Nov 202010
 

It looked like a clump of small dusty nettles
Growing wild at the gable of the house
Beyond where we dumped our refuse and old bottles:
Unverdant ever, almost beneath notice.

But, to be fair, it also spelled promise
And newness in the back yard of our life
As if something callow yet tenacious
Sauntered in green alleys and grew rife.

The snip of scissor blades, the light of Sunday
Mornings when the mint was cut and loved:
My last things will be first things slipping from me.
Yet let all things go free that have survived.

Let the smells of mint go heady and defenceless
Like inmates liberated in that yard.
Like the disregarded ones we turned against
Because we’d failed them by our disregard.

Nov 202010
 

The Lives of the Alchemists

The great labor was always to efface oneself,
Reappear as something completely different:
The pillow of a young woman in love,
A ball of lint pretending to be a spider.

Black boredoms of rainy country nights
Thumbing the writings of illustrious adepts
Offering advice on how to proceed with the transmutation
Of a figment of time into eternity.
The true master, one of them counseled,
Needs a hundred years to perfect his art.

In the meantime, the small arcana of the frying pan,
The smell of olive oil and garlic wafting
From room to empty room, the black cat
Rubbing herself against your bare leg
While you shuffle toward the distant light
And the tinkle of glasses in the kitchen.

Fiordiligi

My mother sang opera all day long.
She made beds, shucked peas
And swore that not even death
Could change her heart’s devotion.

Her voice was like a police siren.
Her voice was like soft evening rain.
In the shed, the rabbits trembled,
The rooster looked admiringly at her.

Days of ecstasy, anguish, silence.
A year of long black dresses,
A year of white handkerchiefs,
Crumpled and strewn on the floor.

Once we took a walk in the cemetary.
The leafless old trees terrified me,
And so did her hands clenched into fists
As her chin rose higher and higher.

Grocers and mailmen ran from her
As from a sleepwalker
Who came after them in broad daylight,
Asking for the news of her lost love.

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Nov 202010
 

(Translated from the Greek by Daniel Mendelsohn)

Nero wasn’t troubled when he heard
the Delphic Oracle’s prophecy.
“Let him beware the age of seventy-three.”
He still had time to enjoy himself.
He is thirty years old. It’s quite sufficient,
the deadline that the god is giving him,
for him to think about dangers yet to come.

Now to Rome he’ll be returning a little wearied,
but exquisitely wearied by this trip,
which had been wholly devoted to days of delight-
in the theaters, in the gardens, the gymnasia…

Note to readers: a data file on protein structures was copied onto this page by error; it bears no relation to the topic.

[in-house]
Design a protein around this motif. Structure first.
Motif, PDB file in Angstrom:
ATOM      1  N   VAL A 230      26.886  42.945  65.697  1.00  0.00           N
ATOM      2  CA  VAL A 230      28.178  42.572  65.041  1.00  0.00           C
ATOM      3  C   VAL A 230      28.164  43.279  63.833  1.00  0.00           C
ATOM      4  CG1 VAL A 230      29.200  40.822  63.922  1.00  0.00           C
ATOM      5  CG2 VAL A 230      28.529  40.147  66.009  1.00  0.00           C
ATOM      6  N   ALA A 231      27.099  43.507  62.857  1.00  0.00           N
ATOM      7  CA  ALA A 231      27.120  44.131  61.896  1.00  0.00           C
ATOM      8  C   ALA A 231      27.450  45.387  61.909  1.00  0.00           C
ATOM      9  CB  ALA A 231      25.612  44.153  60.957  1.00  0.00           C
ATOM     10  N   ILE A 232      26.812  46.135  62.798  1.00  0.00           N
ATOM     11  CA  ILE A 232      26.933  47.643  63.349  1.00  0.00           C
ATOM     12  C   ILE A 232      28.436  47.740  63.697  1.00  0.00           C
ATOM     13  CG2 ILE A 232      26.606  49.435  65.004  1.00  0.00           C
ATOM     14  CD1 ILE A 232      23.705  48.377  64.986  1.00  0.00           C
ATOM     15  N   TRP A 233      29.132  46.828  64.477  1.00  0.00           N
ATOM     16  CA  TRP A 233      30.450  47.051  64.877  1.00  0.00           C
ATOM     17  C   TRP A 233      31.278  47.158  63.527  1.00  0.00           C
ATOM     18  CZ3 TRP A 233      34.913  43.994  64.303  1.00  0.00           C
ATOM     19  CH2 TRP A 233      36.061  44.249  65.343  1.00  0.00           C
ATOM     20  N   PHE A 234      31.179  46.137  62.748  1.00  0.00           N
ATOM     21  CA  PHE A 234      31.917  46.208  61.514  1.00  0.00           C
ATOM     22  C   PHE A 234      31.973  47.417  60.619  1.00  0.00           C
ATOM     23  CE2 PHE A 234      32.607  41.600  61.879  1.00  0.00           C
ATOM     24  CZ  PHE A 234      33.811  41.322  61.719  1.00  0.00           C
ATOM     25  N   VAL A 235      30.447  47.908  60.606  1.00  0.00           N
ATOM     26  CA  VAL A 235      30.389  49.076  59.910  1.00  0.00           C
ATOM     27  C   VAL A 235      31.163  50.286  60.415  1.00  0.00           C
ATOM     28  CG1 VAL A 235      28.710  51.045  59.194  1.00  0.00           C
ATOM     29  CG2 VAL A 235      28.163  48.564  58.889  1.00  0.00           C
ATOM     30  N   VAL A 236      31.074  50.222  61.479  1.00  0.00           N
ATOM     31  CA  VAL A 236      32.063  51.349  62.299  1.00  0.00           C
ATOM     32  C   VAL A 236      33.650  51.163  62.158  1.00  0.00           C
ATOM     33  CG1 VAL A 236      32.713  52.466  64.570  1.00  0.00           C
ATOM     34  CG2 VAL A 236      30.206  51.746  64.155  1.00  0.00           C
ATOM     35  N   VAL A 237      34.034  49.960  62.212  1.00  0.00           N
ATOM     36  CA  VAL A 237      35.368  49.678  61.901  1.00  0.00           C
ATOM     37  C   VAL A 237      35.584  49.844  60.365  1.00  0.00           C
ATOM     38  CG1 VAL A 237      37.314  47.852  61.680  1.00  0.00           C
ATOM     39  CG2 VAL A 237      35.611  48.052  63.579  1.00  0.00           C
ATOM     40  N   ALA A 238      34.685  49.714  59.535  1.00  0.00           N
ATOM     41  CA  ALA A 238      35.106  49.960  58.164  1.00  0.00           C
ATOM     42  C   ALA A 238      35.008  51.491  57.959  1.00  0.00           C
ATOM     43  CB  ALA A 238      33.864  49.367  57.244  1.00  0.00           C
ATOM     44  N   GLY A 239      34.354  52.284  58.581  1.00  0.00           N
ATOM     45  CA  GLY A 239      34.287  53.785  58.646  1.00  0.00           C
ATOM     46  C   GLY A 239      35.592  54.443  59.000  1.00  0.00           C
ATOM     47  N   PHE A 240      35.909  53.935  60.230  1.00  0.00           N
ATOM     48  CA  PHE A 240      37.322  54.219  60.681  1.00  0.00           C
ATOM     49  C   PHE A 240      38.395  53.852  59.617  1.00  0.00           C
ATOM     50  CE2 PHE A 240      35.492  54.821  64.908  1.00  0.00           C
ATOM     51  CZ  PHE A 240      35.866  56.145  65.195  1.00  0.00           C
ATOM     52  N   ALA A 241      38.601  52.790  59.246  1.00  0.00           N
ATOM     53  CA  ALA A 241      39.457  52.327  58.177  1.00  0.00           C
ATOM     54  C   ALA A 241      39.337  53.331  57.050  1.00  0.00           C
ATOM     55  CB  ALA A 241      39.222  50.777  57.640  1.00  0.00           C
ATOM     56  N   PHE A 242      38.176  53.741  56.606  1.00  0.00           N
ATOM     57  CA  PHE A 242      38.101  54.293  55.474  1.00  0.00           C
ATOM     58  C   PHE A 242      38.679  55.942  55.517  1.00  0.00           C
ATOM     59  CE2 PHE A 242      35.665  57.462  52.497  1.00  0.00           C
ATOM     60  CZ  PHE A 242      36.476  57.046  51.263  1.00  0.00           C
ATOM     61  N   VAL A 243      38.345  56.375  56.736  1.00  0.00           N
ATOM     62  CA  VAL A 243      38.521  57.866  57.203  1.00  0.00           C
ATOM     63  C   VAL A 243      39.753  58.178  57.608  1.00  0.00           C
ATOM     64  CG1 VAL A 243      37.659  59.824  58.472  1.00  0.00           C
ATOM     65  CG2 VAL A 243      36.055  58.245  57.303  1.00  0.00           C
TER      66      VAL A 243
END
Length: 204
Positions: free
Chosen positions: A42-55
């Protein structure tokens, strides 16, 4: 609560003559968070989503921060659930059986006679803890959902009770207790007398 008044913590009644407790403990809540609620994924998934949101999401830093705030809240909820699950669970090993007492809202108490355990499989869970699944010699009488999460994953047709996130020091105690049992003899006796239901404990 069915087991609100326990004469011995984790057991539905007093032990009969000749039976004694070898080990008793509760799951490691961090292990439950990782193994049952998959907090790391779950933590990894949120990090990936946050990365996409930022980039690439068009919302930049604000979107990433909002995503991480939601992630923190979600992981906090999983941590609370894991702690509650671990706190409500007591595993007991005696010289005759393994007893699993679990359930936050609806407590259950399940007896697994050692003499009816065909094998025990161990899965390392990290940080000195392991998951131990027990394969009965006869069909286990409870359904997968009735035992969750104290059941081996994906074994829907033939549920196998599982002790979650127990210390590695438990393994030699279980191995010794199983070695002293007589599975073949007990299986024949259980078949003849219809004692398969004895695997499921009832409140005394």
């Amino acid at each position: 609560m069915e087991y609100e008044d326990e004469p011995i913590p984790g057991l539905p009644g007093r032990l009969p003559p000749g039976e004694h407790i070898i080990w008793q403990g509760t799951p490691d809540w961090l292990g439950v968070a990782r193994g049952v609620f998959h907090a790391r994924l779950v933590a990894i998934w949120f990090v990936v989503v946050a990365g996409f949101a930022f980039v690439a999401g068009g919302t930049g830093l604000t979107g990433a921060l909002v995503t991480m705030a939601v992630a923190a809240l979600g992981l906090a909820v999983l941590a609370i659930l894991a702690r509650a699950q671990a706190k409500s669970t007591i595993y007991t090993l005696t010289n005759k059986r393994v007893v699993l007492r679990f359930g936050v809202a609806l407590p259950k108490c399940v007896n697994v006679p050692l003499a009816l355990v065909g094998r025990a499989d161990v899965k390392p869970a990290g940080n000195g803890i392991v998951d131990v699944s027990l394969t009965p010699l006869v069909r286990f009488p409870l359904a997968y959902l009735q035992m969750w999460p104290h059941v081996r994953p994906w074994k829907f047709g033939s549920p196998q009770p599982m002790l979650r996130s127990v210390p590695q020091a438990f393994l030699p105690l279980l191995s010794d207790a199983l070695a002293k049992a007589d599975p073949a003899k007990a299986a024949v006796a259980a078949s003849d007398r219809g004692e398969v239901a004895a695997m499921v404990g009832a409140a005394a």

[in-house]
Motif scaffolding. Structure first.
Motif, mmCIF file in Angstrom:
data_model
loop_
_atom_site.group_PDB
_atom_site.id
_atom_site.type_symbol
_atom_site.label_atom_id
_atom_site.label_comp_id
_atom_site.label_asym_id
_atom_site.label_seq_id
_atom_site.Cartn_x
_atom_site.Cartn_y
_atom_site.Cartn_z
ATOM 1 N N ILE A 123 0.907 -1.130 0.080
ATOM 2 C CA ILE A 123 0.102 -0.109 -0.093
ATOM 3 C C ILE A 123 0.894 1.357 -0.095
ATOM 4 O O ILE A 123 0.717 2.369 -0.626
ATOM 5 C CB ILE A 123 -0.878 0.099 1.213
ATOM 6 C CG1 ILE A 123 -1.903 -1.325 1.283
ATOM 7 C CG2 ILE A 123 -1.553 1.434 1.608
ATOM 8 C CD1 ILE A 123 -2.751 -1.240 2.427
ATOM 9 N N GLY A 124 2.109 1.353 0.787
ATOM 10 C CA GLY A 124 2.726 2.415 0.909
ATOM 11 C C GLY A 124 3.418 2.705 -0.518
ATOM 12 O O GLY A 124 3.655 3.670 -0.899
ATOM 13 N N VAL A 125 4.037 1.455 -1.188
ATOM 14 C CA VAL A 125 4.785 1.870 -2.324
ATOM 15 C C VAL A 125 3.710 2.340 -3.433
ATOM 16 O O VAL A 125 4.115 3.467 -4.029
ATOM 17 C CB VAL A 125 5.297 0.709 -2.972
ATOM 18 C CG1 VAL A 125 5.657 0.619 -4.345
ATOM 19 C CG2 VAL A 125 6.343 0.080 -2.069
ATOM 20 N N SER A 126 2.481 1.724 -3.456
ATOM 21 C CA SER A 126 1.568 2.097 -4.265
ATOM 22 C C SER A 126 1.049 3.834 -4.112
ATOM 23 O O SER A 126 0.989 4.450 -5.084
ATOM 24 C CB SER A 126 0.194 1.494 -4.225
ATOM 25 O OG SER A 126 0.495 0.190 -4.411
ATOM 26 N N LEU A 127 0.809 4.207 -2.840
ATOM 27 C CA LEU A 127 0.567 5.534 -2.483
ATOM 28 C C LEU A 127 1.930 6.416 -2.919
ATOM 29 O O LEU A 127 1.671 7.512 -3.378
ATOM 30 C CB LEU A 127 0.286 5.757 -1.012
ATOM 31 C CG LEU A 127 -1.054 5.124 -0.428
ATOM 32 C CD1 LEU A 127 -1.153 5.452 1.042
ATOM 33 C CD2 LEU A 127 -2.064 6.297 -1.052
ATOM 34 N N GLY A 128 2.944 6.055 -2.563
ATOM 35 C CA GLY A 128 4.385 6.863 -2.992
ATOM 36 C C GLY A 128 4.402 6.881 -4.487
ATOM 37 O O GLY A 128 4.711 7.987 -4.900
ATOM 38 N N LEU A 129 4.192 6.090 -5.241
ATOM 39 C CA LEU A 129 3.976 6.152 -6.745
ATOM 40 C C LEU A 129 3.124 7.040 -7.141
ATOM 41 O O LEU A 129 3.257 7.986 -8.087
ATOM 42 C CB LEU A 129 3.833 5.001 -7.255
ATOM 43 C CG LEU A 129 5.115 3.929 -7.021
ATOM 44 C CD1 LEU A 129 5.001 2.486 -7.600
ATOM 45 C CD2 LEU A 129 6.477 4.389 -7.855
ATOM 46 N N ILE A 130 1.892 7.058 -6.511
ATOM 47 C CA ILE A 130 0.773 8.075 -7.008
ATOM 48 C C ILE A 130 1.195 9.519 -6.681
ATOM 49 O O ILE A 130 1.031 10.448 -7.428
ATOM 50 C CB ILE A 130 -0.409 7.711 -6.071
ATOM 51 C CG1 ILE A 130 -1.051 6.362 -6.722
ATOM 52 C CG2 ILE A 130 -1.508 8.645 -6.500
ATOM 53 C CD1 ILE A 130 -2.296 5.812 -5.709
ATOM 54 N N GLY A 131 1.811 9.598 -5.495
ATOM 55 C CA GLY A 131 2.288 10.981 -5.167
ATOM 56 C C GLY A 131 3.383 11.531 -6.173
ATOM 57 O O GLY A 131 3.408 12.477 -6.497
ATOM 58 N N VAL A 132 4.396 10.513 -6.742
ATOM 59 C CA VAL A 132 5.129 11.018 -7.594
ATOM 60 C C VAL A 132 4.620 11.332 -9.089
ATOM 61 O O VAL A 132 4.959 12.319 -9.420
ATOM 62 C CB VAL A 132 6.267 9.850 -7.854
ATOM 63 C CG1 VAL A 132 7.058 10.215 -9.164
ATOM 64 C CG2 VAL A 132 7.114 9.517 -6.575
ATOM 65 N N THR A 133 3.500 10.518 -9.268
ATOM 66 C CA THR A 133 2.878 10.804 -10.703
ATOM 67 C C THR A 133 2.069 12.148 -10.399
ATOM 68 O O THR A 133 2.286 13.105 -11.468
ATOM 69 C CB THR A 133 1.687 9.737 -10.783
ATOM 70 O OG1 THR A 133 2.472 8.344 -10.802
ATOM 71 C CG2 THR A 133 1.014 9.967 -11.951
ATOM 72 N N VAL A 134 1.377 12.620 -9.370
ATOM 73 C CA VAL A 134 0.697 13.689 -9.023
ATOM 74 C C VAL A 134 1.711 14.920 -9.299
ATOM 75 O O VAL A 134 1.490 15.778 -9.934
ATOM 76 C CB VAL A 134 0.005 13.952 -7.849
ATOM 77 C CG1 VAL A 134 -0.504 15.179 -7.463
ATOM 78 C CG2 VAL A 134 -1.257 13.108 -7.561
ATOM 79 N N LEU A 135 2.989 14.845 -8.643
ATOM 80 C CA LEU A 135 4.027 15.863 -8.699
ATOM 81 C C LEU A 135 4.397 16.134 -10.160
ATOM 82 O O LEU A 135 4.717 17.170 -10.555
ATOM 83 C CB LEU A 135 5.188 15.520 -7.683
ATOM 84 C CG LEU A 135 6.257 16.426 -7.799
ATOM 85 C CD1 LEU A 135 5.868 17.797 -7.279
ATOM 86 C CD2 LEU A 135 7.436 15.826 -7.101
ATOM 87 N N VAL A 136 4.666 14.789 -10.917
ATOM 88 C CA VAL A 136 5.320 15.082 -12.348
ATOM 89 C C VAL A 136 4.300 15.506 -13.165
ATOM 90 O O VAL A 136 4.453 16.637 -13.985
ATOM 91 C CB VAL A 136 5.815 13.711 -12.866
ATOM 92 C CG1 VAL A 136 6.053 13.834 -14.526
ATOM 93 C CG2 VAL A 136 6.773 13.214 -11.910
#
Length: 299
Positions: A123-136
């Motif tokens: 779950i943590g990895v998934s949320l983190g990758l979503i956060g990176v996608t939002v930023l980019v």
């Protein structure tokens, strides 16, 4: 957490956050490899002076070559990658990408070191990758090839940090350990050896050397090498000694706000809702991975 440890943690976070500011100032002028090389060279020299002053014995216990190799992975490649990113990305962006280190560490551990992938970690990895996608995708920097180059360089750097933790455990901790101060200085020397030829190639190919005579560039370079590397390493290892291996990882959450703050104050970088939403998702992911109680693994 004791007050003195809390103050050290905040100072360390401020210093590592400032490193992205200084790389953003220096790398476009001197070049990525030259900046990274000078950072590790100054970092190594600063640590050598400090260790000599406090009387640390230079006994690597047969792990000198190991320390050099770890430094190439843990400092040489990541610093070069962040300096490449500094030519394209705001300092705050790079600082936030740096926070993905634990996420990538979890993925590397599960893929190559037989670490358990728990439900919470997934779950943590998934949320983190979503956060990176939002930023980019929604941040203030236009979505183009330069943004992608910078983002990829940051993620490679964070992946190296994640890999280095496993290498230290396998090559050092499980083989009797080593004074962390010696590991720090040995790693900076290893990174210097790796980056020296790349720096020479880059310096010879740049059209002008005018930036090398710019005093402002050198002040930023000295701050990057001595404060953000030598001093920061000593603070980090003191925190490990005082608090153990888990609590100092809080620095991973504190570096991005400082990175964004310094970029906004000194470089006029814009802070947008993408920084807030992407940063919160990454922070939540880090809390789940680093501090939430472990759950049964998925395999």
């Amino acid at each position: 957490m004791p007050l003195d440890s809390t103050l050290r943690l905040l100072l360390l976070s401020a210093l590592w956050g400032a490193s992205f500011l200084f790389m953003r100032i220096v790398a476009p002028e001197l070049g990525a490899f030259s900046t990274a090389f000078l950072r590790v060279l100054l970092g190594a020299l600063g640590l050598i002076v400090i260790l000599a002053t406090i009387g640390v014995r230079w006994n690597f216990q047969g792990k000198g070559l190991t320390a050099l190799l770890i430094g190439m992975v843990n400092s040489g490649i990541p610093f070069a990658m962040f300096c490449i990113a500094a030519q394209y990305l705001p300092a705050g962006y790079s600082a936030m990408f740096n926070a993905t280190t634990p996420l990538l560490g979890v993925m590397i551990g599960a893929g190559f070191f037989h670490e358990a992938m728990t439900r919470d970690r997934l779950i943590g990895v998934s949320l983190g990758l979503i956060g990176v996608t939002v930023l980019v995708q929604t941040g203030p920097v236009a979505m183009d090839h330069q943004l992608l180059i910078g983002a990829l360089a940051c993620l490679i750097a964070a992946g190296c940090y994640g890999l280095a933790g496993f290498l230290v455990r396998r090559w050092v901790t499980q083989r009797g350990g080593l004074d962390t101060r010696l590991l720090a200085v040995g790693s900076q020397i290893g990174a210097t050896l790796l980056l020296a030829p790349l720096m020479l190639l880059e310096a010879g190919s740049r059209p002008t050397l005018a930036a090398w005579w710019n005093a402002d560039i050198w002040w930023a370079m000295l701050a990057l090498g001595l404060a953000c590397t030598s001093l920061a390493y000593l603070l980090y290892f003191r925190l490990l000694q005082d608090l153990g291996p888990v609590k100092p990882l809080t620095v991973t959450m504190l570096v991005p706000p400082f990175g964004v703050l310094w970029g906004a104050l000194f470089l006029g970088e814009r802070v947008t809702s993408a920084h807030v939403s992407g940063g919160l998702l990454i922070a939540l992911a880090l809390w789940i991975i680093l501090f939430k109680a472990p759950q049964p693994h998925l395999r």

Evenings of the cities of Achaea…
Ah, the pleasure of naked bodies above all…

So Nero. And in Spain, Galba
is secretly assembling his army and preparing it:
the old man, seventy-three years old.

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Nov 192010
 

Down, wanton, down! Have you no shame
That at the whisper of Love’s name,
Or Beauty’s, presto! up you raise
Your angry head and stand at gaze?

Poor bombard-captain, sworn to reach
The ravelin and effect a breach–
Indifferent what you storm or why,
So be that in the breach you die!

Love may be blind, but Love at least
Knows what is man and what mere beast;
Or Beauty wayward, but requires
More delicacy from her squires.

Tell me, my witless, whose one boast
Could be your staunchness at the post,
When were you made a man of parts
To think fine and profess the arts?

Will many-gifted Beauty come
Bowing to your bald rule of thumb,
Or Love swear loyalty to your crown?
Be gone, have done! Down, wanton, down!

 Comments Off on Robert Graves – Down, Wanton, Down!
Nov 192010
 

What lively lad most pleasured me
Of all that with me lay?
I answer that I gave my soul
And loved in misery,
But had great pleasure with a lad
That I loved bodily.

Flinging from his arms I laughed
To think his passion such
He fancied that I gave a soul
Did but our bodies touch,
And laughed upon his breast to think
Beast gave beast as much.

I gave what other women gave
That stepped out of their clothes.
But when this soul, its body off,
Naked to naked goes,
He it has found shall find therein
What none other knows,

And give his own and take his own
And rule in his own right;
And though it loved in misery
Close and cling so tight,
There’s not a bird of day that dare
Extinguish that delight.

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